To run the statistics you’ll need your own items and your own vectors. The process has two parts

  1. Acquire a list of words and associate them with a condition
  2. Extract vectors for each word

Associate words with conditions

To see the format required for items (words) take a look at the item information from the first WEAT study

weat1 <- cbn_get_items(type = "WEAT")

the top of this data frame looks like

Here, the study is called WEAT1, the conditions are Flowers, Insects, the target roles, and Pleasant and Unpleasant, the attribute roles. The helper function cbn_make_items can be helpful for creating this structure for your own words. Naturally the words you have vectors for should match the words you have item information for.

Extract vectors for each word

The cbn package bundles all the vectors you will need to replicate the paper analyses using the GloVe 840B 300-dimensional Common Crawl data. If, however, you want to work with different items you’ll need to point the package at your own file of word vectors. The process is:

  1. Download and unpack a text file of word vectors
  2. Point the package at the file of word vectors
  3. Extract vectors for your choice of words
  4. Analyze Your Vectors

In the following I’ll assume that you still want to use the Common Crawl, but these instructions will work for any word vectors that arrive in the same file format. That format is essentially

sausage 0.1234 -0.5555 1.4149

i.e. word, space, float, space, float, space float … newline. This is what the code will assume when attempting to read things in.

Download and unpack a text file of word vectors

If you want to use the GloVe Common Crawl data, then go to it’s homepage and download one of the files under ‘Download pre-trained word vectors’, e.g.

When download is complete, unzip the file. This should create a roughly 5G file called glove.840B.300d.txt. I’ll assume you downloaded it to ~/Documents.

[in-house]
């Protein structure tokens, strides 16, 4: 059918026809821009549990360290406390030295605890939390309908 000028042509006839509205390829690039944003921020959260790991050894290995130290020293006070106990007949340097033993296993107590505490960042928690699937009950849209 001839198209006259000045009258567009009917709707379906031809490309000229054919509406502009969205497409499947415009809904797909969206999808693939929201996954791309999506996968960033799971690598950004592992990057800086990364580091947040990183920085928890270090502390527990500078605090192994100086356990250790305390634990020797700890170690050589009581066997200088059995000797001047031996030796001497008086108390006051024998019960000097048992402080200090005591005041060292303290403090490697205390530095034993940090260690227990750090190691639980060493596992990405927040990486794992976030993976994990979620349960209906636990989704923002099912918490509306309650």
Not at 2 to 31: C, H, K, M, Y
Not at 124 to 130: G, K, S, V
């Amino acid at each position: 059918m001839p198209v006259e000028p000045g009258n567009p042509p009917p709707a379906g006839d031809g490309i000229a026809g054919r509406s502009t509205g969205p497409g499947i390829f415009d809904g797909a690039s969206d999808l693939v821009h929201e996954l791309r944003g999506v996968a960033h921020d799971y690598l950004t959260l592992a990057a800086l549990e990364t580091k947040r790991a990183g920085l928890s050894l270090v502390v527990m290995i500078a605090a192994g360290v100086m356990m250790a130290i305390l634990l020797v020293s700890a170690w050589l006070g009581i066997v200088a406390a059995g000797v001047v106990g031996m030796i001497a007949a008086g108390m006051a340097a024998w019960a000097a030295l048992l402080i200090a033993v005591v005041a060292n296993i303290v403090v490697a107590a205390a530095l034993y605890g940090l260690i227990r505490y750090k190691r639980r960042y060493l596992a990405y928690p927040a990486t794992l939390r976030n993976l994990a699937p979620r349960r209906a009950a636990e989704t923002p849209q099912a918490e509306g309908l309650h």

Point the package at the file of word vectors

Load the package and assign this location



You can retrieve this location using cbn_get_vectorfile_location(). If you change your prefered vectors, just call it again with a new location. If you’d like this location to be remembered across R session add persist = TRUE to the function call.

Extract vectors for your choice of words

To get a matrix of vectors for your words

words <- c("Hugh", "Pugh", "Barney", "McGrew")
mat <- cbn_extract_word_vectors(words)

By default there is no reporting, but for a couple of hundred words this function should return in around a minute for the 840B Common Crawl vectors.

If you want to watch progress, set verbose to TRUE. A second argument report_every controls how often a progress dot appears. It defaults to 100000 (lines).

mat is a matrix with as many rows as words and as many column as the length of the vectors. Ifyou are using the vectors above that will be 300. The matrix has words as rownames and no column names. In the event that one of your words is not found in the vector file, the corresponding row of mat is filled with NAs.

Analyze your vectors

With item information and corresponding vectors for your own words (or your own vectors) you can now use all the statistical functions described in the other vignettes.